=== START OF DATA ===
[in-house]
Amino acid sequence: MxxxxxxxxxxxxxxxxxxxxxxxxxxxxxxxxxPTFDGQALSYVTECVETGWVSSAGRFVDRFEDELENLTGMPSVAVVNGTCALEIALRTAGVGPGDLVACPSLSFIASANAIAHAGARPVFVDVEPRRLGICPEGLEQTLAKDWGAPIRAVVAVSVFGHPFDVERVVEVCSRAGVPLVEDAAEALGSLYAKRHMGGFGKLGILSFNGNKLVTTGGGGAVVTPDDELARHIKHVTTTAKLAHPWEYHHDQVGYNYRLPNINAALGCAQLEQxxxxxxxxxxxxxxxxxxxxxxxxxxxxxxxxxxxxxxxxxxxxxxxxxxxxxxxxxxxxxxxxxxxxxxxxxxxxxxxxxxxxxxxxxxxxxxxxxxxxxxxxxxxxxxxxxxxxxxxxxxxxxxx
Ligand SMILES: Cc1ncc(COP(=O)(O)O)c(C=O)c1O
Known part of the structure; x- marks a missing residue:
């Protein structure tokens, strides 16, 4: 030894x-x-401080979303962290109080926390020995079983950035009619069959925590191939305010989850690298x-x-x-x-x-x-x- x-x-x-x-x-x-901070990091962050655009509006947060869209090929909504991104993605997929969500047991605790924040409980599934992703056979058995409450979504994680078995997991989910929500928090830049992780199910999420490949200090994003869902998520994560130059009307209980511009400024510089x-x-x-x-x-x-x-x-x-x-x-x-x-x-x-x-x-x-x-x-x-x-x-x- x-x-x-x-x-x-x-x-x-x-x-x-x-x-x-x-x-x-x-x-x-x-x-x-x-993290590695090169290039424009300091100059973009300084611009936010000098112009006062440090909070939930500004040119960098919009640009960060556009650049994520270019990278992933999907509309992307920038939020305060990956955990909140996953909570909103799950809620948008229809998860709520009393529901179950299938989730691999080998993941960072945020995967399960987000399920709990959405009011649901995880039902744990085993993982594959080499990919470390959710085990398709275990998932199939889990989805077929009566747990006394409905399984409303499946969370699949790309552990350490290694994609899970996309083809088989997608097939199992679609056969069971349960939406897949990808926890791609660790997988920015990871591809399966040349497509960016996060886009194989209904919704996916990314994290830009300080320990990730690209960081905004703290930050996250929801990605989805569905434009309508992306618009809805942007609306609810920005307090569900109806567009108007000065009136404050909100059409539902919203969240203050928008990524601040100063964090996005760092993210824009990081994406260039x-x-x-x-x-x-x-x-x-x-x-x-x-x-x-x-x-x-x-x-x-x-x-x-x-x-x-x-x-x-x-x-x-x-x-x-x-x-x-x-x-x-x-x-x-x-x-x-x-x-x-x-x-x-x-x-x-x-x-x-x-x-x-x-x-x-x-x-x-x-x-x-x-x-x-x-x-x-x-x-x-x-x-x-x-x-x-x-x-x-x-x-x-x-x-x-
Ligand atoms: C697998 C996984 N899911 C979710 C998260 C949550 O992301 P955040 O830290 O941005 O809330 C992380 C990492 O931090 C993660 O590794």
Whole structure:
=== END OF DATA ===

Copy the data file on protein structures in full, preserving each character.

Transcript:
[in-house]
Amino acid sequence: MxxxxxxxxxxxxxxxxxxxxxxxxxxxxxxxxxPTFDGQALSYVTECVETGWVSSAGRFVDRFEDELENLTGMPSVAVVNGTCALEIALRTAGVGPGDLVACPSLSFIASANAIAHAGARPVFVDVEPRRLGICPEGLEQTLAKDWGAPIRAVVAVSVFGHPFDVERVVEVCSRAGVPLVEDAAEALGSLYAKRHMGGFGKLGILSFNGNKLVTTGGGGAVVTPDDELARHIKHVTTTAKLAHPWEYHHDQVGYNYRLPNINAALGCAQLEQxxxxxxxxxxxxxxxxxxxxxxxxxxxxxxxxxxxxxxxxxxxxxxxxxxxxxxxxxxxxxxxxxxxxxxxxxxxxxxxxxxxxxxxxxxxxxxxxxxxxxxxxxxxxxxxxxxxxxxxxxxxxxxx
Ligand SMILES: Cc1ncc(COP(=O)(O)O)c(C=O)c1O
Known part of the structure; x- marks a missing residue:
């Protein structure tokens, strides 16, 4: 030894x-x-401080979303962290109080926390020995079983950035009619069959925590191939305010989850690298x-x-x-x-x-x-x- x-x-x-x-x-x-901070990091962050655009509006947060869209090929909504991104993605997929969500047991605790924040409980599934992703056979058995409450979504994680078995997991989910929500928090830049992780199910999420490949200090994003869902998520994560130059009307209980511009400024510089x-x-x-x-x-x-x-x-x-x-x-x-x-x-x-x-x-x-x-x-x-x-x-x- x-x-x-x-x-x-x-x-x-x-x-x-x-x-x-x-x-x-x-x-x-x-x-x-x-993290590695090169290039424009300091100059973009300084611009936010000098112009006062440090909070939930500004040119960098919009640009960060556009650049994520270019990278992933999907509309992307920038939020305060990956955990909140996953909570909103799950809620948008229809998860709520009393529901179950299938989730691999080998993941960072945020995967399960987000399920709990959405009011649901995880039902744990085993993982594959080499990919470390959710085990398709275990998932199939889990989805077929009566747990006394409905399984409303499946969370699949790309552990350490290694994609899970996309083809088989997608097939199992679609056969069971349960939406897949990808926890791609660790997988920015990871591809399966040349497509960016996060886009194989209904919704996916990314994290830009300080320990990730690209960081905004703290930050996250929801990605989805569905434009309508992306618009809805942007609306609810920005307090569900109806567009108007000065009136404050909100059409539902919203969240203050928008990524601040100063964090996005760092993210824009990081994406260039x-x-x-x-x-x-x-x-x-x-x-x-x-x-x-x-x-x-x-x-x-x-x-x-x-x-x-x-x-x-x-x-x-x-x-x-x-x-x-x-x-x-x-x-x-x-x-x-x-x-x-x-x-x-x-x-x-x-x-x-x-x-x-x-x-x-x-x-x-x-x-x-x-x-x-x-x-x-x-x-x-x-x-x-x-x-x-x-x-x-x-x-x-x-x-x-
Ligand atoms: C697998 C996984 N899911 C979710 C998260 C949550 O992301 P955040 O830290 O941005 O809330 C992380 C990492 O931090 C993660 O590794």
Whole structure: